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WP2: Adaptation/Development of Engineering Design Challenges
The main goal of this work package is to develop 10 new engineering design challenge units based on the EiE‘s Engineering Design Process (EDP) model (Ask, Imagine, Plan, Create, Improve). – Students will identify a particular problem, brainstorm for ideas, and choose one idea to develop, build a model using a carefully chosen set of inexpensive materials, and refine the completed design.
The content of each engineering design challenge unit will be connected to a specific engineering field (e.g. civil engineering, chemical engineering, food engineering, environment engineering, and mechanical engineering). Each unit will include an introductory lesson on the specific engineering field and its links to science and maths, followed by three class sessions that deal with a practical design challenge taken from the children‘s everyday environment. WP2 will begin with a workshop supported by BMOS, where BMOS leaders will share their knowledge and experience in developing and running engineering programs for elementary school teachers in the USA.
Starting with an EiE unit dealing with a particular engineering field, each team (science museum professionals, science teachers and academic experts in curriculum development and IBSE methods) will develop a new engineering design challenge. The teams will be assisted by local advisory boards, made up by local engineering practitioners and researchers, specializing in the different engineering fields that relate to each unit.
Development will be conducted in two phases: 1) Development of an initial version to be piloted; then after pilot results are evaluated 2) a second phase to allow fine-tuning, improvements and additional local adjustments to the units prior to their use in widespread outreach activities. Special attention will be given to issues of translation and cross cultural transfer. Each museum will translate the units developed by other teams of museums and schools to their own native language with due consideration of local social and cultural context and cross cultural transfer of meaning.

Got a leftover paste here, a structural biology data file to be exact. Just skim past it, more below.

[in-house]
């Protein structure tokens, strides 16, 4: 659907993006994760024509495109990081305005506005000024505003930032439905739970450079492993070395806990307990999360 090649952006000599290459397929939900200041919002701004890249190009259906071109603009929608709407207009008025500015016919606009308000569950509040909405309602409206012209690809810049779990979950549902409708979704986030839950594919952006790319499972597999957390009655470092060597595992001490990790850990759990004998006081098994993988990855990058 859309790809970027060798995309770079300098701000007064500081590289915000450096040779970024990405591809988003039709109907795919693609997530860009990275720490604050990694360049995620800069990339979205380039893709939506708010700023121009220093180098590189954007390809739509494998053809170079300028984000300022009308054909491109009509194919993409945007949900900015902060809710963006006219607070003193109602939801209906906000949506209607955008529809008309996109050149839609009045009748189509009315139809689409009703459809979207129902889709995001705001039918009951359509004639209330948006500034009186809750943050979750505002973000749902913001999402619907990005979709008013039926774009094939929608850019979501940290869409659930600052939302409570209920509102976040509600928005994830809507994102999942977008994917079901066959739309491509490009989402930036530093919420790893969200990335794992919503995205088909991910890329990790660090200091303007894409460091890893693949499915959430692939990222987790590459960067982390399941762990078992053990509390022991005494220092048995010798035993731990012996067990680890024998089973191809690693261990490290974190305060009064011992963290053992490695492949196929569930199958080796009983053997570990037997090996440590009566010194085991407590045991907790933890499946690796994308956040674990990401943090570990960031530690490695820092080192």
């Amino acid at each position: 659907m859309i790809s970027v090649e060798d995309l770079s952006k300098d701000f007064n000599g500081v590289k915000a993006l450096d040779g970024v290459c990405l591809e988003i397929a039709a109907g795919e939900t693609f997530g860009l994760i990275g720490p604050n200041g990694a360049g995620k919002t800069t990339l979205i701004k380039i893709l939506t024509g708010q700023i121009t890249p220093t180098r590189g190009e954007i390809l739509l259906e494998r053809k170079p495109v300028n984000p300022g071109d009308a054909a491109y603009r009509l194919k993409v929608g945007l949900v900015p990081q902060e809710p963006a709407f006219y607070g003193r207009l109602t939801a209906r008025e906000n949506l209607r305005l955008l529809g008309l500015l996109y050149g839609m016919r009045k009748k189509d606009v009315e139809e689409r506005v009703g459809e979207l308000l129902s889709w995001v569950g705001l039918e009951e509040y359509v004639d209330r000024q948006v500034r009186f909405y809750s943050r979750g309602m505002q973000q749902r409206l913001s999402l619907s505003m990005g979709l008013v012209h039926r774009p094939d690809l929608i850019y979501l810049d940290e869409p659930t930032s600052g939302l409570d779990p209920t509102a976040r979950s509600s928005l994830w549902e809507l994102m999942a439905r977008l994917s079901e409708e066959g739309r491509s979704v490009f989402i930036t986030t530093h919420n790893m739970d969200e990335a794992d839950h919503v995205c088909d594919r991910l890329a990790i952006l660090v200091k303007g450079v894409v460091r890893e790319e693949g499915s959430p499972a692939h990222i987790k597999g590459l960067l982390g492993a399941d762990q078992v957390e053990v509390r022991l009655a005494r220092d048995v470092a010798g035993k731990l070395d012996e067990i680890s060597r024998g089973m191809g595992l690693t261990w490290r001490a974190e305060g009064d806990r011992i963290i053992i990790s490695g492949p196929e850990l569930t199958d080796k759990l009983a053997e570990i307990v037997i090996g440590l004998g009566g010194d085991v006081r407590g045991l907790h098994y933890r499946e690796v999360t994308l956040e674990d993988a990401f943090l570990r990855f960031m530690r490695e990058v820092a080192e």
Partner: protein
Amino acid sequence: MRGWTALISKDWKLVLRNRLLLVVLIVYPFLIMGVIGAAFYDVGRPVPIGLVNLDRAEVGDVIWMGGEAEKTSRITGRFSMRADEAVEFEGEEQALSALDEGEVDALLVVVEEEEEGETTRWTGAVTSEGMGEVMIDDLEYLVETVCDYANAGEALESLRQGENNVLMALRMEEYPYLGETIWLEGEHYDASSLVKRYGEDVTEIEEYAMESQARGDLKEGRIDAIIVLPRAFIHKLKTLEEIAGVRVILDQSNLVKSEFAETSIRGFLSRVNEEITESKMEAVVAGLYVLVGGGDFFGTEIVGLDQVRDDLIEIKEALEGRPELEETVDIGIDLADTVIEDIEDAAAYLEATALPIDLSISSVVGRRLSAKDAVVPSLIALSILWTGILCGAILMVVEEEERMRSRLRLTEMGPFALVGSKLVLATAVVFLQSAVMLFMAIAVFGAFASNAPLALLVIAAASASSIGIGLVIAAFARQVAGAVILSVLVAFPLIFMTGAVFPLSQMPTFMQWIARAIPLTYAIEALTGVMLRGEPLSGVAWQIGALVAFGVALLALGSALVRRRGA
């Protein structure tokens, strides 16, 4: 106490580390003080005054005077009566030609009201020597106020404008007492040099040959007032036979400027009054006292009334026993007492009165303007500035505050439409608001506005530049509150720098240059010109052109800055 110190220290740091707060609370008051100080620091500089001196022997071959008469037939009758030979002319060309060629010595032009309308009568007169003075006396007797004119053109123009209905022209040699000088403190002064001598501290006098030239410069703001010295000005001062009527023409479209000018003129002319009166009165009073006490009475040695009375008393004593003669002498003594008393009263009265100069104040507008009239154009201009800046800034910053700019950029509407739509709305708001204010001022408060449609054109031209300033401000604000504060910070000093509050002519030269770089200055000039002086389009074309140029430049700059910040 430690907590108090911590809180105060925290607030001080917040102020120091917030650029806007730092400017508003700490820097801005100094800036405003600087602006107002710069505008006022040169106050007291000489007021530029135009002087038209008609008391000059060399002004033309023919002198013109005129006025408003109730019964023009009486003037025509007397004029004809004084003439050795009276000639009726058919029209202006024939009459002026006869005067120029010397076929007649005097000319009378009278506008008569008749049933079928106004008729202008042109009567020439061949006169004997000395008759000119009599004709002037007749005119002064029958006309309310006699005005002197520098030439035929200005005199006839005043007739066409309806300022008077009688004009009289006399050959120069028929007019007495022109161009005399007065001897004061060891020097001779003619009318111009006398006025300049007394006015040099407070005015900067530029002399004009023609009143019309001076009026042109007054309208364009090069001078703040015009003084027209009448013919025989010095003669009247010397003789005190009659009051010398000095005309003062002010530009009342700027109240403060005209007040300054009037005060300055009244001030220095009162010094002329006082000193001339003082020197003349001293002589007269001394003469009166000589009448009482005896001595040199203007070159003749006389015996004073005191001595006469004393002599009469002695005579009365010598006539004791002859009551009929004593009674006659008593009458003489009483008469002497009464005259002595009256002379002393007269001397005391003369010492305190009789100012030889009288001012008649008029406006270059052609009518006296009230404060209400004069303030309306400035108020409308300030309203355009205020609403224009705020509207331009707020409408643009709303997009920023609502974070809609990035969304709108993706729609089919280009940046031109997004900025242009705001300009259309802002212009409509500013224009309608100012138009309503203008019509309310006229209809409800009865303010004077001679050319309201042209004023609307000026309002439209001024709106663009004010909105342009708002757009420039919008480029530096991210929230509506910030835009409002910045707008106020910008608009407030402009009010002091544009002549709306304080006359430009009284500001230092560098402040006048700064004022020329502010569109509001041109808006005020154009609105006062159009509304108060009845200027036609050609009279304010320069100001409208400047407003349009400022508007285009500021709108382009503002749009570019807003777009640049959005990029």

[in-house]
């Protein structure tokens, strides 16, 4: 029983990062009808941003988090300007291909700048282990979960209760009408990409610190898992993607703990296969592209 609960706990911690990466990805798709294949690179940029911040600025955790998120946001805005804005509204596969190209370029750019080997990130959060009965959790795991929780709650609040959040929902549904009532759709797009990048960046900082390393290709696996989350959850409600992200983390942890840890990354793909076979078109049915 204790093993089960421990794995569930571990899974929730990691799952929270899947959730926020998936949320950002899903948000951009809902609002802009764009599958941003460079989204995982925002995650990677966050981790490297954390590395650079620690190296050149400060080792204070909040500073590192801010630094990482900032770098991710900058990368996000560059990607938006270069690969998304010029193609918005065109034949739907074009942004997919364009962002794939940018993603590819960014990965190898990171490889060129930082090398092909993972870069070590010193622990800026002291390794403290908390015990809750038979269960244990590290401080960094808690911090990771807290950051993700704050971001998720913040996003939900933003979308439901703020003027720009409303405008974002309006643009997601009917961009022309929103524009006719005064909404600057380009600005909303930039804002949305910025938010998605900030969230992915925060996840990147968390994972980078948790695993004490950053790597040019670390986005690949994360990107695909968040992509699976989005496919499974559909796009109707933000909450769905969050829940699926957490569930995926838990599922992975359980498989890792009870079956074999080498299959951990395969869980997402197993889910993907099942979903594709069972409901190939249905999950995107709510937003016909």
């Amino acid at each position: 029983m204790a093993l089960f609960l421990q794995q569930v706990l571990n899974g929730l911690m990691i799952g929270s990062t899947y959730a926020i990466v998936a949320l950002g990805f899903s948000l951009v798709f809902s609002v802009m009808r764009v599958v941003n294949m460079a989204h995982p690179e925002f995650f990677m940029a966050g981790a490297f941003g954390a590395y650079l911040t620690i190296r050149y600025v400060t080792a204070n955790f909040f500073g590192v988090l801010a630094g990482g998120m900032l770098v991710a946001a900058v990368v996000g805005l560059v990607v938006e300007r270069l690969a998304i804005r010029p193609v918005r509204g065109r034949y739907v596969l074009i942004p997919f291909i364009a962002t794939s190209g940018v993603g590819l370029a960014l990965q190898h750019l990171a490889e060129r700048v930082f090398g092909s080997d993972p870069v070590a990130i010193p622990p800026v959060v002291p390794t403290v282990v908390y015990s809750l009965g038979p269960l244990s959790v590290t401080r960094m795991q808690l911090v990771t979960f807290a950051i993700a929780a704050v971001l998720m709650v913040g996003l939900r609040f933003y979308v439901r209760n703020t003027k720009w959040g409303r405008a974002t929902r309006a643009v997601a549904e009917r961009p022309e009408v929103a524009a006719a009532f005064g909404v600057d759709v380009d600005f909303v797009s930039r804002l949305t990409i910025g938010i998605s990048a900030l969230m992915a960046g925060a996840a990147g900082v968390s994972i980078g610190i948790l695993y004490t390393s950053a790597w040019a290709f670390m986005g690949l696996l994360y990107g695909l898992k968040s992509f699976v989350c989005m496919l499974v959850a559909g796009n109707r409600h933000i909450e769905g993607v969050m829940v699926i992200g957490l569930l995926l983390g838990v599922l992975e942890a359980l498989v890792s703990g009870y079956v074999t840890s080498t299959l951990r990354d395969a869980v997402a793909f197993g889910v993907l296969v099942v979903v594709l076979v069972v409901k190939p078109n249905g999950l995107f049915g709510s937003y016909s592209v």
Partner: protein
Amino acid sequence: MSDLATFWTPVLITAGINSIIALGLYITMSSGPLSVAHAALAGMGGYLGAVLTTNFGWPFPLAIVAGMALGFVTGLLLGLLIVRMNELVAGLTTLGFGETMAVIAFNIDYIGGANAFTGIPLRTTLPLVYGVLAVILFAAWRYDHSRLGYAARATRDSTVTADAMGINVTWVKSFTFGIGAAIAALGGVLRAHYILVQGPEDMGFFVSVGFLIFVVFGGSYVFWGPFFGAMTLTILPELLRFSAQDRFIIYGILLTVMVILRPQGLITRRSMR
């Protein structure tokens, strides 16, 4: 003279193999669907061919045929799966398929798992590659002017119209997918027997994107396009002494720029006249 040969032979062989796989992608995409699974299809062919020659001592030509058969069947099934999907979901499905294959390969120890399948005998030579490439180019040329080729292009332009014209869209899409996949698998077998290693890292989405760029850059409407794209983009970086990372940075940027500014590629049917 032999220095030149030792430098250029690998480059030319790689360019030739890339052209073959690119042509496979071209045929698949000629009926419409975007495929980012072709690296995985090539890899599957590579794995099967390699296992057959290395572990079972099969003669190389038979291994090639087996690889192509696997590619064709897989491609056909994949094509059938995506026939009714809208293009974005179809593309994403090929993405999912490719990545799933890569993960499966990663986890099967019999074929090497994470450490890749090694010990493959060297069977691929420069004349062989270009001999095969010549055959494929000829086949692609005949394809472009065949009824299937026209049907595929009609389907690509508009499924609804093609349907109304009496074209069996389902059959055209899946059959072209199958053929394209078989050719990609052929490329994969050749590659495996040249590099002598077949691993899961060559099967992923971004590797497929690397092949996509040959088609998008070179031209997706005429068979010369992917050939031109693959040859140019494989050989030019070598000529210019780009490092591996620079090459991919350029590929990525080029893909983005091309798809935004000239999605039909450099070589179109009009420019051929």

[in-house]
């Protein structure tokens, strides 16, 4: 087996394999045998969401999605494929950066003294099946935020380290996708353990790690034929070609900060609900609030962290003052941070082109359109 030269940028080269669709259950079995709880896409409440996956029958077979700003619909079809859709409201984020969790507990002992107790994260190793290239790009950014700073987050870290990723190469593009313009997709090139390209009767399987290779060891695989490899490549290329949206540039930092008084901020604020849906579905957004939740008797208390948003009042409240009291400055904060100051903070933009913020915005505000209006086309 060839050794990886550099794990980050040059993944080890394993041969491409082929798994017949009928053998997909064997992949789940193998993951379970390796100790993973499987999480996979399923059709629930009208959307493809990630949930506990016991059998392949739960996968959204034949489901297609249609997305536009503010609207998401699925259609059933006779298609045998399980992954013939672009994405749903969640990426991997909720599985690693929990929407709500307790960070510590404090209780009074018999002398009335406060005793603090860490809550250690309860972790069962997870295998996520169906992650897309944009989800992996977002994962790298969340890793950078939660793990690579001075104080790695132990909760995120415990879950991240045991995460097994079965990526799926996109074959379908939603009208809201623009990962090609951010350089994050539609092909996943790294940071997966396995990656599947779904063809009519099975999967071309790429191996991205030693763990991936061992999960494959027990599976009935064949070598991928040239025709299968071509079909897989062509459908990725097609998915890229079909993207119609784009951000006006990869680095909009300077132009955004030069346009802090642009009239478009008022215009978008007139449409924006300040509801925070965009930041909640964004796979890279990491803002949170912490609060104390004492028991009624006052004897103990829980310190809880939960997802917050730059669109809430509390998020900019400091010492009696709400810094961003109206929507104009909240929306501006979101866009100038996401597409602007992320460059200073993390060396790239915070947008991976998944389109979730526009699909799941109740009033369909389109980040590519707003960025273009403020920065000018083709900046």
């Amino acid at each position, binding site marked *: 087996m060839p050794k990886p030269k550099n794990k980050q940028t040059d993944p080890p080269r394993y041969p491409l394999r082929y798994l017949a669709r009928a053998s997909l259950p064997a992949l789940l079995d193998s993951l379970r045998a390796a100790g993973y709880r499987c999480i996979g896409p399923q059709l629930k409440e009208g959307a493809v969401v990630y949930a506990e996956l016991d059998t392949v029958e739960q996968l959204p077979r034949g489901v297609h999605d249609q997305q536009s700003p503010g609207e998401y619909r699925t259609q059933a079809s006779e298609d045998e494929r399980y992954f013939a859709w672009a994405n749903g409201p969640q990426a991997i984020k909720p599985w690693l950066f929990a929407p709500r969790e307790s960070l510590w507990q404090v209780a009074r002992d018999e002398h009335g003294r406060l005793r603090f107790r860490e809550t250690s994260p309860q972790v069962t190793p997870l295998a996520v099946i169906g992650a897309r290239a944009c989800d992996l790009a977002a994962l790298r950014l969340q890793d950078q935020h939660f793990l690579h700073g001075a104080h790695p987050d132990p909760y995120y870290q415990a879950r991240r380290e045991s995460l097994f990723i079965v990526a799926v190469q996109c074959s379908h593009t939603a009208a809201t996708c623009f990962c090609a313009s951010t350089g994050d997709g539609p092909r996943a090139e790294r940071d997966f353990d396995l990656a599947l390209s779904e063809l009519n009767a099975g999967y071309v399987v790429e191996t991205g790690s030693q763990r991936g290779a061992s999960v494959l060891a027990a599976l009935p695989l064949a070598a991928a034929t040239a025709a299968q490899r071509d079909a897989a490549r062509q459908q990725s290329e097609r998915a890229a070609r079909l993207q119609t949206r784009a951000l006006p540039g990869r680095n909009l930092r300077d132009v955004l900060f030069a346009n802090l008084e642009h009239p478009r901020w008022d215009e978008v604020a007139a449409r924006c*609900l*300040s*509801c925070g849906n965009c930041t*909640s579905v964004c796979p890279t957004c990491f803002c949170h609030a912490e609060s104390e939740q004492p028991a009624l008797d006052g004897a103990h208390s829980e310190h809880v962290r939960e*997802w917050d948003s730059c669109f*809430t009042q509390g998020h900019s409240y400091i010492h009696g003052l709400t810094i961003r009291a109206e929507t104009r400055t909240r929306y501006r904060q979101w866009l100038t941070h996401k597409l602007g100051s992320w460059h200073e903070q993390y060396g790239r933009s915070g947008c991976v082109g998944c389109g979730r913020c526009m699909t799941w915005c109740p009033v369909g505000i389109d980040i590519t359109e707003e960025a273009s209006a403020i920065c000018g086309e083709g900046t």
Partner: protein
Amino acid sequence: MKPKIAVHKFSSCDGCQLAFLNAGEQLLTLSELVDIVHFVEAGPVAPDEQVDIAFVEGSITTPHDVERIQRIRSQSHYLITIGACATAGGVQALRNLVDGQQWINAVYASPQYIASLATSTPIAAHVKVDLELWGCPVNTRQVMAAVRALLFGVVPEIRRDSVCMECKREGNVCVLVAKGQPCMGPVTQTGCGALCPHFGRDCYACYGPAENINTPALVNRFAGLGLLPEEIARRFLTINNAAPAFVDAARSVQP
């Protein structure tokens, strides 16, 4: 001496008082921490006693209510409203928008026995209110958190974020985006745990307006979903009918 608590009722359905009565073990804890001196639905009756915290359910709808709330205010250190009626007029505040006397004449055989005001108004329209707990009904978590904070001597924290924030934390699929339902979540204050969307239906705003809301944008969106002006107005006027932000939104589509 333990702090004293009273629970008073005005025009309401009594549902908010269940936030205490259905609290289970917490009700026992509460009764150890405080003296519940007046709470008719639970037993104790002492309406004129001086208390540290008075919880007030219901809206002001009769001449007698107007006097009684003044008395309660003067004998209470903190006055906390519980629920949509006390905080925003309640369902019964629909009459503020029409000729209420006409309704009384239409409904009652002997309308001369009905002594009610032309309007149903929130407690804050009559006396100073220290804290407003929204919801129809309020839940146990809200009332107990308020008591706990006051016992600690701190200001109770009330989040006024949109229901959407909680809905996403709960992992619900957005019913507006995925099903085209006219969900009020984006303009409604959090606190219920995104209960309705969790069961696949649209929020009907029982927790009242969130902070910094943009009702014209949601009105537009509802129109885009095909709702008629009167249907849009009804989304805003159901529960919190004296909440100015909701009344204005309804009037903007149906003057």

All materials developed will be accessible, modular, flexible, and translated for use across countries and will be web downloadable.
Task 2.1: Requirements analysis by country – will include the design and performance of a survey to identify appropriate science topics within each participant country‘s curricula and to select EiE units suitable to these topics. The survey will also aim to identify relevant local country features to be taken into account. Based on the survey results, the RA will also recommend on the assignment of the different topics (i.e. engineering fields) per country (and team).
Task 2.2: Development plan and strategy – The development plan will be guided by the results of Task 2.1 The development strategy will involve working jointly with teachers in schools and with museum educators to understand how inquiry-based pedagogies can be negotiated and incorporated into local contexts. The strategy will include identifying and putting in place appropriate support for teachers involved in Task 2.3, including support for local adaptation of units. As part of this task, partners from each country will approach local engineering departments in institutions of higher education and practicing engineers that are relevant to the engineering field assigned to them. These professionals will form a local advisory board for the development work of each unit.
Task 2.3: Development of the engineering design challenge units – The development process will be carried out by five teams of partners, with each team made up of two pairs of science museums and local schools who will work on two engineering units, with academic guidance from MMU. Each team will also draw on the advice and support of its local advisory board.
Task 2.4: Adaptation of plans for the museums – the units of the engineering design challenges, developed in task 2.1, will be adapted to shorter programs designed for museum visitors.